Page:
Hereditary Cancer

von Hippel-Lindau syndrome (VHL gene analysis)

  • Mutation analysis of VHL gene
  • Interrogation for specific mutation (relatives)

Von Hippel-Lindau syndrome (VHL) is a rare genetic disorder characterized by an increased risk of developing the tumors listed below:

  • hemangioblastomas (benign, or noncancerous, tumors made up of nests of blood vessels) of the brain and spine
  • hemangioblastomas of the retina
  • pheochromocytomas (a tumor of the chromaffin cells, which are present in the adrenal gland; usually benign, or noncancerous) within or outside of the adrenal gland
  • renal cell carcinoma (cancerous tumor of the kidney)

Less commonly, some individuals develop endolymphatic sac tumors (ear tumors that can cause deafness if undetected), pancreatic tumors, and cystadenomas of the epididymis or broad ligament. Other manifestations include cysts (pockets of fluid) of the kidney and pancreas.

The VHL gene is a tumor suppressor gene located on chromosome 3, which usually controls cell growth and cell death. Both copies of a tumor suppressor gene must be altered, or mutated, before a person will develop cancer. In VHL, the first mutation is inherited from either the mother or the father and is therefore present in all cells of the body. This is called a germline mutation. Whether a person who has a germline mutation will develop a tumor and where the tumor(s) will develop depends upon where (which cell type) the second mutation occurs. For example, if the second mutation is in the retina, then a retinal hemangioblastoma may develop. If it is in the brain, then a hemangioblastoma may develop there. The process of tumor development actually requires mutations in multiple growth control genes. Loss of both copies VHL is just the first step in the process. What causes these additional mutations to be acquired is unknown. Possible causes include chemical, physical, or biological environmental exposures or chance errors in cell replication.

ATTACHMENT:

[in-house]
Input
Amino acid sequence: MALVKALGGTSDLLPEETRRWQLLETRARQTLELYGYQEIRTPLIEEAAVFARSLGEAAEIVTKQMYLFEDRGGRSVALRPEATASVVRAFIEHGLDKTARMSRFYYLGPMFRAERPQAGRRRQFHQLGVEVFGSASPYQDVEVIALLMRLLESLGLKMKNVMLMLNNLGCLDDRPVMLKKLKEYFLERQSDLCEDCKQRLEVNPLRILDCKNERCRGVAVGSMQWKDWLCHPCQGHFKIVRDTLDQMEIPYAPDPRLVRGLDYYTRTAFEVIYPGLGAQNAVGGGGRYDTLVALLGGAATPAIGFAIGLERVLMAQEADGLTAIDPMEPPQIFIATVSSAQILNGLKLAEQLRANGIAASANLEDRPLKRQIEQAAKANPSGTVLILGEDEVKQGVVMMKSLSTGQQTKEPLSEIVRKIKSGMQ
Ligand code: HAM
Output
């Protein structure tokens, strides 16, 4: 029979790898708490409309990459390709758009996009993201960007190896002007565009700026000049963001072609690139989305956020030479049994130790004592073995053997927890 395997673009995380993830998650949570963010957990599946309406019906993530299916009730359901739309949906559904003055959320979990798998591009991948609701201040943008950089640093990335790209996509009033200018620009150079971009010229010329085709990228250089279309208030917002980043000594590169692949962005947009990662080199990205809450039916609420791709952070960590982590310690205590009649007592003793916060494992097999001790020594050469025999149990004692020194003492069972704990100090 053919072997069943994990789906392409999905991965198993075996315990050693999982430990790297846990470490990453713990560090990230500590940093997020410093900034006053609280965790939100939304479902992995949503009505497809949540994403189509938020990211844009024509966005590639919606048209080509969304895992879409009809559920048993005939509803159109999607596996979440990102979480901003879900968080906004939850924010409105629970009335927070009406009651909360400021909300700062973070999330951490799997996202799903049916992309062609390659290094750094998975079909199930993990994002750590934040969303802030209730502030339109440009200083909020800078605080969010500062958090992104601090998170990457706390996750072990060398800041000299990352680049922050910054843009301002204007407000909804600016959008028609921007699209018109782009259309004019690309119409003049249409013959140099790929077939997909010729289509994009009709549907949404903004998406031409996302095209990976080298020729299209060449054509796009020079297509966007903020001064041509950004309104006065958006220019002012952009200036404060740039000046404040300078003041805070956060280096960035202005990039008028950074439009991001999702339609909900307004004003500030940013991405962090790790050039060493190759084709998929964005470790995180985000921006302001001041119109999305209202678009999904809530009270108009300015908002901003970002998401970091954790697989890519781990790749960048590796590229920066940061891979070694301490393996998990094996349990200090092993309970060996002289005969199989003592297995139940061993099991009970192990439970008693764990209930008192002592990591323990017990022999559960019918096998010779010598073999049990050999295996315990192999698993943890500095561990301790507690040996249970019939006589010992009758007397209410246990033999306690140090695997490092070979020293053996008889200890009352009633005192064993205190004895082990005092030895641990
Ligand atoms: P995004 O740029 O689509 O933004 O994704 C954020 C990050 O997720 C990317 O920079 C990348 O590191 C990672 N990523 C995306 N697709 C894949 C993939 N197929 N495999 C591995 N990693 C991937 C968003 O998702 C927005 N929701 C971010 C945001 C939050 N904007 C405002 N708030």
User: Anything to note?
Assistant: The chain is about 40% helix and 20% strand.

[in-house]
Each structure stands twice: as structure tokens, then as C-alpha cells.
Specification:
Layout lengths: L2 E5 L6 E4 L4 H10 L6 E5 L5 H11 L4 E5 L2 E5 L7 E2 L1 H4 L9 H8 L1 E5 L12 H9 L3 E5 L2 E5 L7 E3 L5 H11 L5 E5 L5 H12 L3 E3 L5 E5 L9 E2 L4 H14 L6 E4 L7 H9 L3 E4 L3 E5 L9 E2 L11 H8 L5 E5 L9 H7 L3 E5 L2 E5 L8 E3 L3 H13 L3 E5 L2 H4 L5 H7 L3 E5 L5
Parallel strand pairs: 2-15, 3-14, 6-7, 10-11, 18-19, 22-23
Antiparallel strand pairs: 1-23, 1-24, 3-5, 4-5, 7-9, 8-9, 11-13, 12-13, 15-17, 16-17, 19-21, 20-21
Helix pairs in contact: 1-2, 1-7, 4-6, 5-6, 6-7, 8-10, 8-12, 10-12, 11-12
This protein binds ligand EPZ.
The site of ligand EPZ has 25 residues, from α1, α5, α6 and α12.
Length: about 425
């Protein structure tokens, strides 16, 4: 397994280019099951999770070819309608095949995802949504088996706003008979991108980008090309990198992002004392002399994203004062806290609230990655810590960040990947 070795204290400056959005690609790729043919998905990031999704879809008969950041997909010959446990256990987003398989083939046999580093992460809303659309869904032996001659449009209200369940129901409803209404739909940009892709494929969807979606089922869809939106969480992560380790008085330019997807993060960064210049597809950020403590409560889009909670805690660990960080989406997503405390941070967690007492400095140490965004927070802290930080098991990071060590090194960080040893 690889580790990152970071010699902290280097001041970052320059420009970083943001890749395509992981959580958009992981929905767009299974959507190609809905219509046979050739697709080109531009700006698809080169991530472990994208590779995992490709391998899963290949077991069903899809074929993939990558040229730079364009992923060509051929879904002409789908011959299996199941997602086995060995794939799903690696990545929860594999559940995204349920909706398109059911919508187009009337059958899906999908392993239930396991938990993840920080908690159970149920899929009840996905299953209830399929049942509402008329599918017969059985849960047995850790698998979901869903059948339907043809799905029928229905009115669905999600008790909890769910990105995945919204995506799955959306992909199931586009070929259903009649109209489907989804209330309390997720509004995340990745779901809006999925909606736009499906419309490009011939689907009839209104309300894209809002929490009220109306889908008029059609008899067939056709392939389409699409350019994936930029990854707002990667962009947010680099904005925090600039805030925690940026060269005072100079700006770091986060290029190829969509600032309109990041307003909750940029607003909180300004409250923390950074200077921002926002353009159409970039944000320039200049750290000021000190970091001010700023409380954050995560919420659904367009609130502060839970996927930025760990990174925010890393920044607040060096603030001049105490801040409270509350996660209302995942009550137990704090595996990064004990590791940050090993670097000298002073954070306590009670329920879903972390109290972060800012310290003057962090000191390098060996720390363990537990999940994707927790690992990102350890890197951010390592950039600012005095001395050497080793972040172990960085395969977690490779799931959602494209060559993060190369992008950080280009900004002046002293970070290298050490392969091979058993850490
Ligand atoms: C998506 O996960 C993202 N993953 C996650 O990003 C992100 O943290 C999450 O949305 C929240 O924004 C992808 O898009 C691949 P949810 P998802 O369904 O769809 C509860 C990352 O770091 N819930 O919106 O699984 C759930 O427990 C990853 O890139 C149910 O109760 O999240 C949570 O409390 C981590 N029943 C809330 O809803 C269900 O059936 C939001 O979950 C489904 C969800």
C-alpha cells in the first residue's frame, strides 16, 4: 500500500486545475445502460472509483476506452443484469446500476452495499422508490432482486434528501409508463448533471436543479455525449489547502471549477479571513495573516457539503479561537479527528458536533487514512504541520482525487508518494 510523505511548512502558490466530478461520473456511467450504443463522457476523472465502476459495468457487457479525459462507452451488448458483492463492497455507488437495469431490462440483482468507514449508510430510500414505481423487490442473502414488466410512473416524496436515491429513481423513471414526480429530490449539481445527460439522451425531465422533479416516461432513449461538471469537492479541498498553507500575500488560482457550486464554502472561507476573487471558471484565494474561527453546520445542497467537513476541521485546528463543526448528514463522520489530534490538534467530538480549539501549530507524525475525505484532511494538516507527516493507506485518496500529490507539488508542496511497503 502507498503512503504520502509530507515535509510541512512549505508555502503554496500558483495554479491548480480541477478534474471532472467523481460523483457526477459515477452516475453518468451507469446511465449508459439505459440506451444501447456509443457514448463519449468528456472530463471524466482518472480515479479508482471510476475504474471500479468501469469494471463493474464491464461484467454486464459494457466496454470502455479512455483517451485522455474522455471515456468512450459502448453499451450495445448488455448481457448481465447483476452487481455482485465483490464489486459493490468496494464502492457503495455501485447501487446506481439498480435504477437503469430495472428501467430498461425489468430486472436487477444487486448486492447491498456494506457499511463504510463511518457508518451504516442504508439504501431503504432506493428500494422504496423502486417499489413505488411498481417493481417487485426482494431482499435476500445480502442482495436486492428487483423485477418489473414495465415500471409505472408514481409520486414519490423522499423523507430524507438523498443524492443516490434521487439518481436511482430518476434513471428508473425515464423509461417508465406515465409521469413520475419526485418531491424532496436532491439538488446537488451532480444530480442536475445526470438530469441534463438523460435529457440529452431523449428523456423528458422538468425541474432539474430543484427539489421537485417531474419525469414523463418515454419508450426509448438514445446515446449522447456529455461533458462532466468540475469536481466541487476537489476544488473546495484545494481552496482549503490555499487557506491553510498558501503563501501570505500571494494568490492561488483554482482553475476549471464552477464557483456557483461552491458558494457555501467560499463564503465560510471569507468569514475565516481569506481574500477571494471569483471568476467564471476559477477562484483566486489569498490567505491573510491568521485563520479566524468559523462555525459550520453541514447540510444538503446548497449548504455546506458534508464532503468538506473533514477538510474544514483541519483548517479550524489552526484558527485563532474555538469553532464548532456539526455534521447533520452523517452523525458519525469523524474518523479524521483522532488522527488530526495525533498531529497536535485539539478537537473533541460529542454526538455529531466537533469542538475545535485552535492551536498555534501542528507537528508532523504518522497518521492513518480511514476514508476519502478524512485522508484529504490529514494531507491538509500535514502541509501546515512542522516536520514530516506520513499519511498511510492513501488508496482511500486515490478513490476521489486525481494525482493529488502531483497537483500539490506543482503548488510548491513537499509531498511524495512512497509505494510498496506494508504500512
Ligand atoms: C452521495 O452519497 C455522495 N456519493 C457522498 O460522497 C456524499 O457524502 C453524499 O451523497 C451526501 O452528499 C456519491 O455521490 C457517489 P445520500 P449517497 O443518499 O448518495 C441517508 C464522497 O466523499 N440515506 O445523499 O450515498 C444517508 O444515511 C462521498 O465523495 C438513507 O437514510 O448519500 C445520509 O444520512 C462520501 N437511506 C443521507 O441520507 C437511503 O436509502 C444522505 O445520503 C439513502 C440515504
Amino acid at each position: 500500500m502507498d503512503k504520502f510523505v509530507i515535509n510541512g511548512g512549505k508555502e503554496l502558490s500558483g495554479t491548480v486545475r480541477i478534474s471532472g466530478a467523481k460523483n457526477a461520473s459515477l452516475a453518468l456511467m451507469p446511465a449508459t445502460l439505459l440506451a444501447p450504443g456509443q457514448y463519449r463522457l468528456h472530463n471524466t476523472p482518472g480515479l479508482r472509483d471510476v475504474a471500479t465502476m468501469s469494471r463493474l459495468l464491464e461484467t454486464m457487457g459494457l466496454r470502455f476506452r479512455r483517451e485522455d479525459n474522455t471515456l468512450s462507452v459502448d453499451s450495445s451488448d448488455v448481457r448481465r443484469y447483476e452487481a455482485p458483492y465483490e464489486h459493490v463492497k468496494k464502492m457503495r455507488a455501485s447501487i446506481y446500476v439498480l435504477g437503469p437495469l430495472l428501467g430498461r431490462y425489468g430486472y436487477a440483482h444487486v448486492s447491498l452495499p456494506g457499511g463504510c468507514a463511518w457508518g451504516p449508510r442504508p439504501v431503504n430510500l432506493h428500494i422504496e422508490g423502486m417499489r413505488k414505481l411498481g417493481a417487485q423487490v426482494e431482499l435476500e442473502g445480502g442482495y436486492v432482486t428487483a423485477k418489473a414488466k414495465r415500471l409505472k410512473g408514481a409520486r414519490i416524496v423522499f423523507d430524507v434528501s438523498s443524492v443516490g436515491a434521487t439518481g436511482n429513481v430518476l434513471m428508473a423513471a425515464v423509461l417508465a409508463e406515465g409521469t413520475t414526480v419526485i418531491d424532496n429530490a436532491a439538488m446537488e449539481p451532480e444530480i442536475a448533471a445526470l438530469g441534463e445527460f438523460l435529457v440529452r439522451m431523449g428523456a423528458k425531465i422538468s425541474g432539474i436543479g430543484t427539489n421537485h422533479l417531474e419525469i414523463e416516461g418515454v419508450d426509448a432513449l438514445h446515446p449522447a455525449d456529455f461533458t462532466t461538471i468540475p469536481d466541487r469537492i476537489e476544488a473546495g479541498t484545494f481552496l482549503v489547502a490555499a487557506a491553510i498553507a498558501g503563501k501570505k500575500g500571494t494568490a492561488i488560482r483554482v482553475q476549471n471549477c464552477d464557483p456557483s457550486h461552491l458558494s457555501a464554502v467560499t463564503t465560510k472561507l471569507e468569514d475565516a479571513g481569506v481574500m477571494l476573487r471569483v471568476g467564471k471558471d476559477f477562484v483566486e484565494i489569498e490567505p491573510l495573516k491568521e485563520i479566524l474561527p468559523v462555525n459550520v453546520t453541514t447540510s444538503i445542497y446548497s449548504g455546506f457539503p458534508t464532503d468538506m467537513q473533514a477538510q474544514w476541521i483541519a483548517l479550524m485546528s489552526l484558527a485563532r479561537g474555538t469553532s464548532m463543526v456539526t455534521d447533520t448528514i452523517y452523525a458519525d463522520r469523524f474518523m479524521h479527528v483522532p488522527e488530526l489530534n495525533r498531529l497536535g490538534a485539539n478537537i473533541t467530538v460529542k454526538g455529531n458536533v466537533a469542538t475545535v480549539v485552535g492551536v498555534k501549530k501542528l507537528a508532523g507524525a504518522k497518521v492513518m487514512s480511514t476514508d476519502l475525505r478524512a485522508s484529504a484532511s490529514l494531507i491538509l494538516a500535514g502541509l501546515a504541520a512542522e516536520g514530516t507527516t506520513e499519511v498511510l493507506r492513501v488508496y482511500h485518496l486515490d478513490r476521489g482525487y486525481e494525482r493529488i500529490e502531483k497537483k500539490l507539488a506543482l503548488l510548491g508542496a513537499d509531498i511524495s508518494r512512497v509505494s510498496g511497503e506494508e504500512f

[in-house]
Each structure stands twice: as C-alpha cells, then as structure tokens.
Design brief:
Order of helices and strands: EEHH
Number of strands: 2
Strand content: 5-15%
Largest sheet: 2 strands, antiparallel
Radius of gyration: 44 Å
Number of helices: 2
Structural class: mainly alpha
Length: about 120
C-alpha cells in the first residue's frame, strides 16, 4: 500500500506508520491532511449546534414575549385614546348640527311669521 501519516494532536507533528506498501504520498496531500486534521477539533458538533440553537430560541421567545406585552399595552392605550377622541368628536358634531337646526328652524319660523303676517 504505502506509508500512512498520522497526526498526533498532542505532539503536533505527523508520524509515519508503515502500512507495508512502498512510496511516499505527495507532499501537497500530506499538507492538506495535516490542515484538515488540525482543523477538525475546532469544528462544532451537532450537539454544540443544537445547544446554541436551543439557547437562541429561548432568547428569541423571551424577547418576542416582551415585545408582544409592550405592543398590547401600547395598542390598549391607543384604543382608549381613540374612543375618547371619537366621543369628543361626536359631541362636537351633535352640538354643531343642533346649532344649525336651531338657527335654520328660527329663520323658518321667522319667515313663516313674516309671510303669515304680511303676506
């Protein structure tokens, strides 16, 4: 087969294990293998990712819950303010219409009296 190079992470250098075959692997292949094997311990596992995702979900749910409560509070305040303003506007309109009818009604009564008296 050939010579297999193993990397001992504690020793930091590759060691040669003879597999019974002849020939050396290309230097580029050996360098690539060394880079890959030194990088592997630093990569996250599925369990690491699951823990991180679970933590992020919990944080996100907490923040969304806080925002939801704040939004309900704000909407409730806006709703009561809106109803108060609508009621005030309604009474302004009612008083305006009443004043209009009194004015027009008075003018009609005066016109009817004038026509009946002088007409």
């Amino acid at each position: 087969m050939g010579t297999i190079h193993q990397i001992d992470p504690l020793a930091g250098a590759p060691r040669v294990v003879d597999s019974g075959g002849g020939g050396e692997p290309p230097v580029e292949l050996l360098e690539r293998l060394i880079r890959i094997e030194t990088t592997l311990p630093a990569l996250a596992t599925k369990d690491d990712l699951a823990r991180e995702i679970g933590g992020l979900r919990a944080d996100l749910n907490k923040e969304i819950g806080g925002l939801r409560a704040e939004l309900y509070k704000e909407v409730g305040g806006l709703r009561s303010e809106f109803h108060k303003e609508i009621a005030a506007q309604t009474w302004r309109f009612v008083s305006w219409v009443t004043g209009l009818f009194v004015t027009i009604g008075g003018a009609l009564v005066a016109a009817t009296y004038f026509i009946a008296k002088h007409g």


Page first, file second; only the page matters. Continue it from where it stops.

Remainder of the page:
Some individuals who have inherited a germline VHL mutation never develop cancer because they never get the second mutation necessary to knock out the function of the gene and start the process of tumor formation. This can make the cancer appear to skip generations in a family, when, in reality, the mutation is present. Persons with a mutation, regardless of whether they develop cancer, however, have a 50/50 chance to pass the mutation on to the next generation. About 1 percent to 3 percent of VHL cases are new mutations, not inherited from a parent.

It is also important to remember that the VHL gene is not located on the sex chromosomes. Therefore, mutations can be inherited from either the mother or the father's side of the family.

The American Society of Clinical Oncologists (ASCO) classifies VHL as a “group 1„ disorder, which means that genetic testing (in this case for mutations in the VHL gene) is considered part of the standard management for first-degree relatives (parent, siblings, children) of affected individuals. For persons who are mutation-positive, annual screening to detect tumors before severe complications develop is recommended. Genetic testing of unaffected relatives is only useful if a germline mutation has already been identified in an affected family member.

Genetic analysis

  • A short family history must be taken. Any information regarding the patient's family history is important and quickens the analysis completion.
  • 2 x 3ml of peripheral blood in EDTA anticoagulant are required. The sample is either sent to BioGenomica laboratory on the same day the blood is being drawn, or can be stored for a longer time period in the freezer (-20 °C) until its postage. (Contant us for more information regarding postage details).
  • Genetic reports are handed to the attending physician in less than four (4) calendar weeks.

OMIM* 193300